Grand Budapest Hotel Review by Tarek Fayoumi


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After seeing Wes Anderson’s “Grand Budapest Hotel,” I will say…a bit overdone. With Anderson I am use to his films being his own creative world or setting that seems fictional yet realistic and it is like this with “Grand Budapest Hotel.” However, it is not the art side or photography that is overdone, it is the amount of big name actors that are in it.

I will admit this movie is one that I did enjoy, but at times was having trouble figuring out why tons of big name actors were rounded up. Where really the main focus was on Ralph Fiennes (as Gustave), Adrien Brody (as Dmitri), and Willem Dafoe (as Jopling). There were many other big names such as Owen Wilson, Bill Murray, Harvey Keitel, Jude Law, Jeff Goldblum, and more. All good actors but why even bother mentioning their names where they are only in the film for a brief second? Is it just because of hollywood? Or is the independent filmmaking of Wes Anderson just all about making more money?

In this film, the conflict is one that is creative and a brilliant idea. Gustave is a well-known concierge at a popular European hotel. Along side Gustave is his lobby boy Zero Moustafa (played by Tony Revolori). Moustafa is his most trusted friend. Together, Gustave and Moustafa both go on a journey that involves theft and recovery of the Renaissance. All trying to fight for a big family fortune. The crazy portion of the misadventures and conflicts in this production, is the fact that all of these events happen at the back-drop of a negatively changing continent.

To be honest this movie had a good premise, but just it had more actors than it needs. I know I mentioned earlier in the second paragraph that these celebrities really did not show a big importance in this picture. I have seen many films where many celebrities are rounded up for a film and is either really good (in my opinion) or just gets bad reviews because of critics criticizing the film. I recall once watching a movie “Cloud Atlas.” A science-fiction masterpiece by the Wachowski brothers where people’s live intersect at a variety of certain points in their life. That movie I really enjoyed with the fact that it had a ton of big names. Not because of popularity of those celebrities, but the fact that every character played a variety of different people. “Grand Budapest Hotel” on the other hand just really seemed that all of the other celebrities were just for advertising purposes, since in the movie, they did not seem to have a big importance to what was going on.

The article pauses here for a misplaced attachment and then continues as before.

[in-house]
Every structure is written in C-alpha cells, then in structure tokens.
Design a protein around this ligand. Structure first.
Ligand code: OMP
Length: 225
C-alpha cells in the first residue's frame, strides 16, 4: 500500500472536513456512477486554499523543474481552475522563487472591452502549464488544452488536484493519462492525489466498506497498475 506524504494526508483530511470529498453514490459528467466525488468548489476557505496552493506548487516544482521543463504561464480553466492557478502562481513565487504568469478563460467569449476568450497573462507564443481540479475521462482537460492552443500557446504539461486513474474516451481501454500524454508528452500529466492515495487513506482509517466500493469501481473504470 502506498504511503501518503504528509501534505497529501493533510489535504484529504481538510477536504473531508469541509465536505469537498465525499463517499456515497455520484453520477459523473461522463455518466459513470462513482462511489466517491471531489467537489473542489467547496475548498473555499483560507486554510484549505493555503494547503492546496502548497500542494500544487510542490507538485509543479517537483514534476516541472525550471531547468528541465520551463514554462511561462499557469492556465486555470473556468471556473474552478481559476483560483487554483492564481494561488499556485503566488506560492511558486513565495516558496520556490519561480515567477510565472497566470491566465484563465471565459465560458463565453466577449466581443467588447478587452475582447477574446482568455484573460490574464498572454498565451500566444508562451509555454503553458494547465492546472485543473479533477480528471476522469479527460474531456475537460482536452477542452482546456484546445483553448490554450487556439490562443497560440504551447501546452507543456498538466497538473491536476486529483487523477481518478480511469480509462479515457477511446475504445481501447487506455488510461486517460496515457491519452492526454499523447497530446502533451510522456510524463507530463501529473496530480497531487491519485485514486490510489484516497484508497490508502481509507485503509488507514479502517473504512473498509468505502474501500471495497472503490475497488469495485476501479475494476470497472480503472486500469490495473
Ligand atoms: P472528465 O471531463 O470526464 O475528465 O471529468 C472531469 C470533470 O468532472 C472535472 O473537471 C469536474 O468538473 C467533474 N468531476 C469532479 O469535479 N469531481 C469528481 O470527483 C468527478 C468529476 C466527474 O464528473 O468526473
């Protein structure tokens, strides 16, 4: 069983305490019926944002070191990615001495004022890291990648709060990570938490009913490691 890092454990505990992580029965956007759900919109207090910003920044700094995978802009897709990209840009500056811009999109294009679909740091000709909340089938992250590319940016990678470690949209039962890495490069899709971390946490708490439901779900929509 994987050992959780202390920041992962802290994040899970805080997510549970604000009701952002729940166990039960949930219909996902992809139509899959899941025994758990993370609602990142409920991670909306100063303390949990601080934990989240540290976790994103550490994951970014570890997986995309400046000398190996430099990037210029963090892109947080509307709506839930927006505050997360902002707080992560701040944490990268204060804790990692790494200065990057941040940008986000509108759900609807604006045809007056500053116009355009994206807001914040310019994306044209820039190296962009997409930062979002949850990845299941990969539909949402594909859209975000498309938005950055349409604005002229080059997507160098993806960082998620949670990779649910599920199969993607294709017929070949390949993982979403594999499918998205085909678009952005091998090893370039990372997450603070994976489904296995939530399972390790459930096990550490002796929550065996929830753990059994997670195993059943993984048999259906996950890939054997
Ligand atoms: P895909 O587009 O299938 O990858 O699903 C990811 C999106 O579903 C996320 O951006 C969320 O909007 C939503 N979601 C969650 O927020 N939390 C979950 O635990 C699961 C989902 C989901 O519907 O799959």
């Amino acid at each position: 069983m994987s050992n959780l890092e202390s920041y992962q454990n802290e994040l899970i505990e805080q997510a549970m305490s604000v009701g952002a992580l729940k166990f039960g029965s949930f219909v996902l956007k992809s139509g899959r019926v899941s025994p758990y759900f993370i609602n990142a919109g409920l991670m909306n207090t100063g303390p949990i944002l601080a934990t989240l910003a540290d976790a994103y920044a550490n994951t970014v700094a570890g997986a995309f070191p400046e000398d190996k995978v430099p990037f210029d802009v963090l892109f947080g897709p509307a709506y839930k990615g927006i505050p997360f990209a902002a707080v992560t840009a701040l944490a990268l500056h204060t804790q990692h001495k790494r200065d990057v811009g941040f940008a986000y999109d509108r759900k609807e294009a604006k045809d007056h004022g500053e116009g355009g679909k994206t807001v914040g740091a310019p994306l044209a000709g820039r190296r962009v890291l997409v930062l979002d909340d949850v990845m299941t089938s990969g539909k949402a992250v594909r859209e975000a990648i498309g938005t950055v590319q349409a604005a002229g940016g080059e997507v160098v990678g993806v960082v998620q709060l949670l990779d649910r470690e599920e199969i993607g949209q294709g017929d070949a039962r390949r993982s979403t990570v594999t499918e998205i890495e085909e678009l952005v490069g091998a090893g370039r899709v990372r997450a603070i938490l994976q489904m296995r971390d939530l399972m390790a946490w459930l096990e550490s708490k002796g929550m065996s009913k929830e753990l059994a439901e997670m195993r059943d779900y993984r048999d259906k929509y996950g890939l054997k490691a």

The photography in “Grand Budapest Hotel” however does hold my attention. Mustave owns a huge hotel in the alps of Saxony, Germany. Everyone believes Mustave murdered a lady he once loved. As soon as it is believed to be him. Absurd acts of violence, language, and catastrophe all hits the hotel. I got really captivated by how all of the hotel is going down. The funny portion about it is, it is comical in the artistic sense. Therefore, no one feels sickened by gore, as if they are watching a Quentin Tarantino film.

I want to get down to comparing “Grand Budapest Hotel” to Anderson’s previous films. My one time all favorite film by Anderson is “The Royal Tenenbaums.” The topic is sad in most cases and has a ton of celebrities, but the fact that everyone in the film is inter-connected is what makes that movie brilliant. I thought with “Grand Budapest Hotel” that everyone was going to be interconnected with the suspense and all, but they were not. They were just put in it simultaneously and did not really have much to do with the suspense. “Grand Budapest Hotel” will leave most viewers wondering why they did not see Bill Murray in the movie all that long, along with Jason Schwartzmann, or Owen Wilson.

“Grand Budapest Hotel” is a satire and is a work of art, but just lacks in the production process. I think the organization is not entirely right with this Wes Anderson picture which led me to be somewhat disappointed. Since I looked in numerous locations to see this movie for how limited its release is right now. Overall, two and a half stars.

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